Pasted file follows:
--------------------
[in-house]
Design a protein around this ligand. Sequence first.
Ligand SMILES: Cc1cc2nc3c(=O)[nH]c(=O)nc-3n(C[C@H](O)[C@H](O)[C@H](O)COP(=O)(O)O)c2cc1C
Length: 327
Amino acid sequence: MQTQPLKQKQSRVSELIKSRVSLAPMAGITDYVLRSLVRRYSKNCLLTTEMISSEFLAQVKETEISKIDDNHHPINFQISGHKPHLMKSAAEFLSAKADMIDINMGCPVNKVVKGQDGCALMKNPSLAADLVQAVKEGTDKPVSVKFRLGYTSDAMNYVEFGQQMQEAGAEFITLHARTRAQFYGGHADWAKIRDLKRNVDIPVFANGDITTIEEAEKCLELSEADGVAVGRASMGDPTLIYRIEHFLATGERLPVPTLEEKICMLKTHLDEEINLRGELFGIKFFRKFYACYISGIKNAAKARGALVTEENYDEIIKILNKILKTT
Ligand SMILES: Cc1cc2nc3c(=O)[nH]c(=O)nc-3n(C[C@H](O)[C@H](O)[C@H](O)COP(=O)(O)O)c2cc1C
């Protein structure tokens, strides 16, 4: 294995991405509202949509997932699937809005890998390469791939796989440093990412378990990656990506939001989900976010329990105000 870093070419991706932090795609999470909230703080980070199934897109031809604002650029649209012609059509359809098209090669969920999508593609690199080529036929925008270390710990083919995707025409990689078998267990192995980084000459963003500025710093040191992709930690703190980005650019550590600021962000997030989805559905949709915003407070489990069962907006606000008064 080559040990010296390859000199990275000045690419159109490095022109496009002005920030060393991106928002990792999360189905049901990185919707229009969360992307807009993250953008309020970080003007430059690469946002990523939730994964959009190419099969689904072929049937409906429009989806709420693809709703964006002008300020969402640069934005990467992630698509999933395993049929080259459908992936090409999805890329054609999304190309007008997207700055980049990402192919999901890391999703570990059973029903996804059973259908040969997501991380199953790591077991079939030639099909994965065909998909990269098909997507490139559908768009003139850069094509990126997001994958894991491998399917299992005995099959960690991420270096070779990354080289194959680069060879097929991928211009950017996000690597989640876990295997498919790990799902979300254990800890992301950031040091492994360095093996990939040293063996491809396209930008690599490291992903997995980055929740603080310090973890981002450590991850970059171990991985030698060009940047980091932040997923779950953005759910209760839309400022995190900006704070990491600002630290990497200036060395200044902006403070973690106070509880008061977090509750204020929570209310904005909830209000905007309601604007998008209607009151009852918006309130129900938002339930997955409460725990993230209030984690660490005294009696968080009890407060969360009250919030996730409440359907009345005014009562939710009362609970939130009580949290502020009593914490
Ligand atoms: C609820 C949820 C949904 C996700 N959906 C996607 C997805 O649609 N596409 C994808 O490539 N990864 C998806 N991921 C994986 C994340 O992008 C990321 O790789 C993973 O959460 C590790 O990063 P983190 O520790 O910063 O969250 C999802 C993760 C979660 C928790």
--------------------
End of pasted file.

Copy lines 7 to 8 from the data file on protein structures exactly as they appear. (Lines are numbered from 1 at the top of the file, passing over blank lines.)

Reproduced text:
């Protein structure tokens, strides 16, 4: 294995991405509202949509997932699937809005890998390469791939796989440093990412378990990656990506939001989900976010329990105000 870093070419991706932090795609999470909230703080980070199934897109031809604002650029649209012609059509359809098209090669969920999508593609690199080529036929925008270390710990083919995707025409990689078998267990192995980084000459963003500025710093040191992709930690703190980005650019550590600021962000997030989805559905949709915003407070489990069962907006606000008064 080559040990010296390859000199990275000045690419159109490095022109496009002005920030060393991106928002990792999360189905049901990185919707229009969360992307807009993250953008309020970080003007430059690469946002990523939730994964959009190419099969689904072929049937409906429009989806709420693809709703964006002008300020969402640069934005990467992630698509999933395993049929080259459908992936090409999805890329054609999304190309007008997207700055980049990402192919999901890391999703570990059973029903996804059973259908040969997501991380199953790591077991079939030639099909994965065909998909990269098909997507490139559908768009003139850069094509990126997001994958894991491998399917299992005995099959960690991420270096070779990354080289194959680069060879097929991928211009950017996000690597989640876990295997498919790990799902979300254990800890992301950031040091492994360095093996990939040293063996491809396209930008690599490291992903997995980055929740603080310090973890981002450590991850970059171990991985030698060009940047980091932040997923779950953005759910209760839309400022995190900006704070990491600002630290990497200036060395200044902006403070973690106070509880008061977090509750204020929570209310904005909830209000905007309601604007998008209607009151009852918006309130129900938002339930997955409460725990993230209030984690660490005294009696968080009890407060969360009250919030996730409440359907009345005014009562939710009362609970939130009580949290502020009593914490
Ligand atoms: C609820 C949820 C949904 C996700 N959906 C996607 C997805 O649609 N596409 C994808 O490539 N990864 C998806 N991921 C994986 C994340 O992008 C990321 O790789 C993973 O959460 C590790 O990063 P983190 O520790 O910063 O969250 C999802 C993760 C979660 C928790």